Lund/Skåne was a little ’late to the party’ in regard to establishing GMP manufacture facilities at their university hospital. They were the only Swedish University Hospital that did not bid for funds from the 2007-2017 Vävnadsrådet lead project to establish GMP manufacture capabilities. However, the region has been a strong player in ATMP, with;
Malin Parmar’s Parkinson’s disease hPSC derived cell therapy product was a strong driver for development of ATMP capabilities in the region and at the Lund Stem Cell Center. Due to lack of local manufacturing capabilities, the product was manufactured at the Royal Free Hospital in London. Treatment of patients in Phase I is underway at Skånes Universitetssjukhus Lund. ”Ideally we would have loved to have local GMP manufacture, for ease of technology transfer, but also to build Swedish and local manufacture capabilities. Recent recruitments of Anna Falk, Gisela Helenius, Elias Uhlin and Stefan Jovinge, and necessary dedication from the region and politicians as well as Lund University, have been instrumental for us to now initiate the development of the local infrastructures and competencies needed to ensure that local research adds not only to local healthcare options but also to local economic development”, says Malin.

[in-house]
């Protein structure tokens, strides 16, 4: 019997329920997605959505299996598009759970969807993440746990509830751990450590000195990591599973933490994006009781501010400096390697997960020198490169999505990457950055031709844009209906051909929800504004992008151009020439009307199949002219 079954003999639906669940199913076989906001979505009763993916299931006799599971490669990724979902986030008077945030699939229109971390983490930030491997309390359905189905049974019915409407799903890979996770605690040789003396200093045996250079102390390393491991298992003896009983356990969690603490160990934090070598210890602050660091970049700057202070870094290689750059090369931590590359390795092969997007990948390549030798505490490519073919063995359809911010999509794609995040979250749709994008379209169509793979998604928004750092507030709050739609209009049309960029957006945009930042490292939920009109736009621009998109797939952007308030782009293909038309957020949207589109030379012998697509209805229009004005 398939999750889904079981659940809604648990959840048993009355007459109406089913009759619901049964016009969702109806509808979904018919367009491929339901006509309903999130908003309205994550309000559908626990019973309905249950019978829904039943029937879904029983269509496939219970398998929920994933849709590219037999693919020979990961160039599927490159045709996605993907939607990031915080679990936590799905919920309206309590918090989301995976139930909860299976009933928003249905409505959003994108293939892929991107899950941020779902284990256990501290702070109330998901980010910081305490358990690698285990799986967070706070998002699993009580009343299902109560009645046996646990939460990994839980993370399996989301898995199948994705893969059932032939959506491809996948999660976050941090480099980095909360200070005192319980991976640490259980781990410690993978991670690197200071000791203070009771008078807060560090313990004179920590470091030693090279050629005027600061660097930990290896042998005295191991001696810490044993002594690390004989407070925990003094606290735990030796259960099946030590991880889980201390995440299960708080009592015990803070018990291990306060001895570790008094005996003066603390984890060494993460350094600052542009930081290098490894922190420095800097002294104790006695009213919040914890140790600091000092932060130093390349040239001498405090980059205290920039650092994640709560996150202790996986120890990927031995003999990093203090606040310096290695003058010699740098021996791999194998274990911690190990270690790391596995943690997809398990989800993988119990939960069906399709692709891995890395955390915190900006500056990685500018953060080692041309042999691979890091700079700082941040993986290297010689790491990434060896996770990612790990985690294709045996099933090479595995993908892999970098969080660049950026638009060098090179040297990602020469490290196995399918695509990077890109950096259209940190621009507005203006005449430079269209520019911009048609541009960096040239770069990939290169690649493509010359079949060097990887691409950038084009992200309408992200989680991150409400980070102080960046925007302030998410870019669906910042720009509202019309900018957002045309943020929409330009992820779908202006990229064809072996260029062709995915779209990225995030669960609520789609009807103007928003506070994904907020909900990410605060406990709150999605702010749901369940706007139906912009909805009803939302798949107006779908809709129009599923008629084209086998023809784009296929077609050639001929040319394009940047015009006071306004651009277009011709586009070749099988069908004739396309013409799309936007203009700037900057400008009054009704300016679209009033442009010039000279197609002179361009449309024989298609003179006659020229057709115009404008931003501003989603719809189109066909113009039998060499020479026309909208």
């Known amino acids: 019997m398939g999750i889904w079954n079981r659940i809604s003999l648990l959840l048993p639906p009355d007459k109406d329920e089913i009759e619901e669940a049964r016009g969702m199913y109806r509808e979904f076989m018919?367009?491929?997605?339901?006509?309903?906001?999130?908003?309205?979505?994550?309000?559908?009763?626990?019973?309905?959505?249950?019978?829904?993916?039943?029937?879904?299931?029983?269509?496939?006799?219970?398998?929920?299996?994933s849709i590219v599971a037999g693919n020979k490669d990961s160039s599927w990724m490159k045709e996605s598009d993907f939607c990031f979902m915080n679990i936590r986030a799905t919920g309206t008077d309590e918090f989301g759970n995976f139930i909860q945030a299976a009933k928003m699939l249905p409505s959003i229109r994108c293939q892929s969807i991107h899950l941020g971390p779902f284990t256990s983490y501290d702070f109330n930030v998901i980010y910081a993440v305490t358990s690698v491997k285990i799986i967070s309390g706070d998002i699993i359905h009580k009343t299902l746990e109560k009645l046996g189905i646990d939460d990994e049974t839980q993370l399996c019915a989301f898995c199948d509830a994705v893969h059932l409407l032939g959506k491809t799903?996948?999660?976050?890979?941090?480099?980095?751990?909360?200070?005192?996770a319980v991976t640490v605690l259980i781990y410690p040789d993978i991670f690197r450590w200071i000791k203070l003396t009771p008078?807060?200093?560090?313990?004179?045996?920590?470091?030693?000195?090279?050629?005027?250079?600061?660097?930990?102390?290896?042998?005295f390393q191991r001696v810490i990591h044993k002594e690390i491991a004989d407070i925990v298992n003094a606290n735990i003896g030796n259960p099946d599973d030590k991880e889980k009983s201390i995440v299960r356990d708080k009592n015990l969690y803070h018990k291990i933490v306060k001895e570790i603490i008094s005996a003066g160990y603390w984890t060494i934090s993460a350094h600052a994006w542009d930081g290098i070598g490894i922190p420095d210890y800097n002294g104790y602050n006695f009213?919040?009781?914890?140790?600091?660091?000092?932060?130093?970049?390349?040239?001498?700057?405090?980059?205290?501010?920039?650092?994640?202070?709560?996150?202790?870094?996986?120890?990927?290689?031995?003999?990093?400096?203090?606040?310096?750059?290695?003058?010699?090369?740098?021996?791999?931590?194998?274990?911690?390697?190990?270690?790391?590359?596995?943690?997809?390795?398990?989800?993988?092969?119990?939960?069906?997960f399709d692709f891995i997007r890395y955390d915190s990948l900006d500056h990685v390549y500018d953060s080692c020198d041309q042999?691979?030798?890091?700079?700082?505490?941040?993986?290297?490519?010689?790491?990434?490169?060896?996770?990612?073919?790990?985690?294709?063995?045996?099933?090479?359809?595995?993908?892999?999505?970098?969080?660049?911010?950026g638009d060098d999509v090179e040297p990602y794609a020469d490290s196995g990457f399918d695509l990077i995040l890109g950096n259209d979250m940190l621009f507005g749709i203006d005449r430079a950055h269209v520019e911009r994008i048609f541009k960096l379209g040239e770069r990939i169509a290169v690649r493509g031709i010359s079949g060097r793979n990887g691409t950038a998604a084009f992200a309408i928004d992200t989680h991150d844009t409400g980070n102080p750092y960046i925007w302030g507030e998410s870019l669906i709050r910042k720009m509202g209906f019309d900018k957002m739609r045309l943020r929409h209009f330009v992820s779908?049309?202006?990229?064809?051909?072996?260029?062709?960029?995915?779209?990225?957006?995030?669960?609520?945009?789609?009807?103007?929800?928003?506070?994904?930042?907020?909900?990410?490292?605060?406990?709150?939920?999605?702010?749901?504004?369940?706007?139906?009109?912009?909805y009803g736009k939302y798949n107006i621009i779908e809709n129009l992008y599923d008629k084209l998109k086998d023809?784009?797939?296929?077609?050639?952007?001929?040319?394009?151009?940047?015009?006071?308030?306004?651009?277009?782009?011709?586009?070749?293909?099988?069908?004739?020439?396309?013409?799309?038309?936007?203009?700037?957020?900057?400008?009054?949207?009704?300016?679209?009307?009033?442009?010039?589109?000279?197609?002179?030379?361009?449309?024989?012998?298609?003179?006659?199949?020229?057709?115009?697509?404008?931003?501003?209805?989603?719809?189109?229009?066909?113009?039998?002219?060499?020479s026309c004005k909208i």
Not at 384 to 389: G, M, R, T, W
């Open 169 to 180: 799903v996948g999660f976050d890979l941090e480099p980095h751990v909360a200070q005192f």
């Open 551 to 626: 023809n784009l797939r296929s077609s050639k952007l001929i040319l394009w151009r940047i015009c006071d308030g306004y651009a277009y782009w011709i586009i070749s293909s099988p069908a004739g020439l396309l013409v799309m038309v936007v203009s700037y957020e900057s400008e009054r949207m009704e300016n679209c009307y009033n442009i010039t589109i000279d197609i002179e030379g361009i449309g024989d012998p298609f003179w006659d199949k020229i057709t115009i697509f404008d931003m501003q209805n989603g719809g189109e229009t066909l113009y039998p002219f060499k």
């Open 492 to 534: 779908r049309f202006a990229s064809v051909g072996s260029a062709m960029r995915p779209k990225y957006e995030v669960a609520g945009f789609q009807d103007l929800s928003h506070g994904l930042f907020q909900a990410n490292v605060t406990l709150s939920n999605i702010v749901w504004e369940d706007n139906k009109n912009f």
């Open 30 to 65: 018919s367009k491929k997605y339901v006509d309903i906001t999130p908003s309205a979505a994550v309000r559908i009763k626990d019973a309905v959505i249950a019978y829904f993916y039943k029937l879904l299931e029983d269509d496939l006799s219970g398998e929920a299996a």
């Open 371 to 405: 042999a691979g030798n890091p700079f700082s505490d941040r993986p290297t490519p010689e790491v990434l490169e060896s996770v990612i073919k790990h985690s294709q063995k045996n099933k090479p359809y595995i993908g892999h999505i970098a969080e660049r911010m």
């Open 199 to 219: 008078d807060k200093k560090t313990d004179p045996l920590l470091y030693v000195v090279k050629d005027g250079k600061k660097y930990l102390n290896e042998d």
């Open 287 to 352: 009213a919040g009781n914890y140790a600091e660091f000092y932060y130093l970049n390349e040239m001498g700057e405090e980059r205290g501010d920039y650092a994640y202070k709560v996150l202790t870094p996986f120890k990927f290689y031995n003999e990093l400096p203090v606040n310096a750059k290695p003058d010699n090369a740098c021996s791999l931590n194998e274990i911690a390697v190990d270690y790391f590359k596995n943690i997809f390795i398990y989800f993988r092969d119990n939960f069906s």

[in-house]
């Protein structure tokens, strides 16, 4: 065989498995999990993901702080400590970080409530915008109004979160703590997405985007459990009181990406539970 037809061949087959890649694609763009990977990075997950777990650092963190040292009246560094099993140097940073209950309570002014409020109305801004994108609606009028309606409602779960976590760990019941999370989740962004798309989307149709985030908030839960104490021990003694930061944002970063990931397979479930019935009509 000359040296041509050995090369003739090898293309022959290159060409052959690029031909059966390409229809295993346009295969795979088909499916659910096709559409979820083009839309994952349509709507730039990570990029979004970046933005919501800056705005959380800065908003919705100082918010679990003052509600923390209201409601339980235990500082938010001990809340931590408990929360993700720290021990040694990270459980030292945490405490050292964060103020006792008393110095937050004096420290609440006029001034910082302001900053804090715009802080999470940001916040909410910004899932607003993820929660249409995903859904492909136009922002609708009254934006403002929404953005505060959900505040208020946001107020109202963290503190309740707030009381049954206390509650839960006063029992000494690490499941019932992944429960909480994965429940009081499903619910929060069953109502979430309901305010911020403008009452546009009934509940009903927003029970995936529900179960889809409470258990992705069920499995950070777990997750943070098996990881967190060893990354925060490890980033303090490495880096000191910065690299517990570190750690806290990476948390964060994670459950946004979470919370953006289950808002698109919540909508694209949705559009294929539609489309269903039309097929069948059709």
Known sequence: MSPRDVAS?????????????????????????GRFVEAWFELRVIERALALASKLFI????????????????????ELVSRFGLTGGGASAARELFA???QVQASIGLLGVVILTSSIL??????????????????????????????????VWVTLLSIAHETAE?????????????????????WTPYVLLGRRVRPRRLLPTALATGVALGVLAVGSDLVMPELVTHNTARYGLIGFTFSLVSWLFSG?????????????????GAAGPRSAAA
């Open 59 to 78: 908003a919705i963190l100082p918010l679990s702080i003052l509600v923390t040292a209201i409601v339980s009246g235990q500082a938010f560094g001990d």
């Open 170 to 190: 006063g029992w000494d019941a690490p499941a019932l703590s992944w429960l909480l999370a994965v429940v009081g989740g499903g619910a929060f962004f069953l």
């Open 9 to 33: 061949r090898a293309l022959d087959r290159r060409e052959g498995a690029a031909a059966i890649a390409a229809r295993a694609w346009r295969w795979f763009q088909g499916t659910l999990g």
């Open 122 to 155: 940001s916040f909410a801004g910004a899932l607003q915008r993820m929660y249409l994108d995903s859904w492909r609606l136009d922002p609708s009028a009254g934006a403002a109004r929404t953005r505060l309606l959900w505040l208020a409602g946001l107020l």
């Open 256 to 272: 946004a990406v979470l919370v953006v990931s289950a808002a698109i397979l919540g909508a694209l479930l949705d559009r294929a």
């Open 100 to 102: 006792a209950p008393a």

Anna Falk (pictured right) is a Professor at the Lund Stem Cell Center, Director of the Lund University ATMP Center and project manager of the Vinnova funded National pluripotent cell derived ATMPs project, IndiCell. Anna was recruited to Lund University in 2021 from Karolinska Institutet, Stockholm, Sweden. “The field of ATMPs has been gaining a lot of attention in recent years, and for good reason. These therapies have shown great potential in treating a range of diseases, and as a result, the demand for them continues to grow”, says Anna. ”However, the rapidly expanding ATMP ecosystem brings with it challenges that need to be worked on locally, nationally and internationally to secure the ATMP pipeline, from pre GMP to GMP and beyond. This is what we aim to build in Skåne, learning from the experiences, challenges and successes of other facilities and initiatives, to tailor our ’Lund model’ for accelerating the advancement of high quality, low cost therapies, that can reach more patients with the best possible safety and efficacy profiles”.